Rights agency decries prejudice against baldness

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Rights agency decries prejudice against baldness

Refusing to hire someone because of their baldness is a form of discrimination, the National Human Rights Commission decided Tuesday on a petition filed in May 2016.

According to the commission’s statement, a bald man in his late 30s surnamed Kwon made the appeal after he applied for a short-term job at an annual event at a hotel last May by texting the manager. The job requirements were simple - to guide and wait on visitors, serve food to those attending the event and clean up afterwards. Having read the application form that Kwon sent, the personnel manager gave him the job and texted him the date, location and dress code, along with other guidelines such as that people needed to have “neat hair.”

When Kwon arrived at the hotel on the day of the job, the manager reportedly kept looking at Kwon’s head and talking about how the job notice required applicants to have neat hair. The manager soon left to ask for someone else in the personnel management team. When he came back, Kwon was told that they “couldn’t work with him.” Kwon filed a petition to the human rights commission on the grounds that the hotel discriminated against him because of his looks.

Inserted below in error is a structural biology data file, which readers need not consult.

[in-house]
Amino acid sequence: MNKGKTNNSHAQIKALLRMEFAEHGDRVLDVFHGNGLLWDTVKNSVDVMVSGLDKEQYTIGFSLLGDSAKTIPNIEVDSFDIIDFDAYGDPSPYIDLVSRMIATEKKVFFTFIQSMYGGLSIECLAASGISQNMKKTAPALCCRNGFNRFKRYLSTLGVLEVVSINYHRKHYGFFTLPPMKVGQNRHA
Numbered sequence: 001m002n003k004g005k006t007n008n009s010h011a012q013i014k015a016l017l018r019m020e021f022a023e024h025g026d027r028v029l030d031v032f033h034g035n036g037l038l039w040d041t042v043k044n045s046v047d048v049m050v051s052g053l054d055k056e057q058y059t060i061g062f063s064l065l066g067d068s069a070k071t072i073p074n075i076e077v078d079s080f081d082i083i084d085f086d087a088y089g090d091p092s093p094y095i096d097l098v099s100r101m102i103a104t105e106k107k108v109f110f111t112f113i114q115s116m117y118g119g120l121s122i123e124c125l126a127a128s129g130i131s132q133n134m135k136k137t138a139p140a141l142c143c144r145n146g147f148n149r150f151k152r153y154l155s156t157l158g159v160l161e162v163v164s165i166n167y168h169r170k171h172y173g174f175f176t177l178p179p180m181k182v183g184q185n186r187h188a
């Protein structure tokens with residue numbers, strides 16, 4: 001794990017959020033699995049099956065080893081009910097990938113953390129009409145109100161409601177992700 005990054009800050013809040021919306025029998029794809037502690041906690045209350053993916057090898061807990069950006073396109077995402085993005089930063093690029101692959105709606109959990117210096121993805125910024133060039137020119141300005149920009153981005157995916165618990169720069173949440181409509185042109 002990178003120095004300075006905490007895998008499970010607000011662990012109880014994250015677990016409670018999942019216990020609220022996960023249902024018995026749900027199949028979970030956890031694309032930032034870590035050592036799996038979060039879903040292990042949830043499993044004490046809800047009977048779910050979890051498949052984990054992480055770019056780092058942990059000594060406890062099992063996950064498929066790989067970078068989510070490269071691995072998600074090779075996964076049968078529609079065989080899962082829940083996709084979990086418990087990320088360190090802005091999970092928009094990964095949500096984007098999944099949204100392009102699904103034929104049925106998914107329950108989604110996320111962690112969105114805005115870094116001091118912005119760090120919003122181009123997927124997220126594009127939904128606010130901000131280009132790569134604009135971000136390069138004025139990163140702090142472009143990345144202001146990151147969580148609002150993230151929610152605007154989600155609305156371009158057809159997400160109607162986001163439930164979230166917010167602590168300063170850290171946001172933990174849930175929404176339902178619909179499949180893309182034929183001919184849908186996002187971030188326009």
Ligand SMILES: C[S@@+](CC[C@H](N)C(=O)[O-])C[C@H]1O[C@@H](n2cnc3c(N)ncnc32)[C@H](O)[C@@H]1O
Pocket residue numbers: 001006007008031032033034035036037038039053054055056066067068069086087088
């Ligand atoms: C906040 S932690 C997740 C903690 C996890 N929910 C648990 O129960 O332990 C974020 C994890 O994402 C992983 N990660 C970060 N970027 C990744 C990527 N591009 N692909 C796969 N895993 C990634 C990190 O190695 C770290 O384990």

“We made an official suggestion to the hotel CEO that it implement policies to prevent another situation in which someone is discriminated against for their looks when it is unrelated to the actual job,” said the commission.

Yet the hotel argued that, while the event was held at the hotel venue, the recruitment for the event was made by an affiliate company, so it should not be held responsible. The hotel did, however, comment, “It seemed inadequate to hire someone who is bald since a job at a hotel deals mostly with receiving guests, and baldness could make customers feel uncomfortable.”

“We have never had a case in which we hired someone bald, so I had to consult the hotel to make the decision,” said the manager.

“The standards of one’s looks are not only personal and subjective,” said the commission, “but also susceptible to different situations and places. Deeming him inappropriate for customer service and refusing to hire him simply because he is bald falls under the discriminatory act.”

BY HONG SANG-JI [yoon.soyeon@joongang.co.kr]
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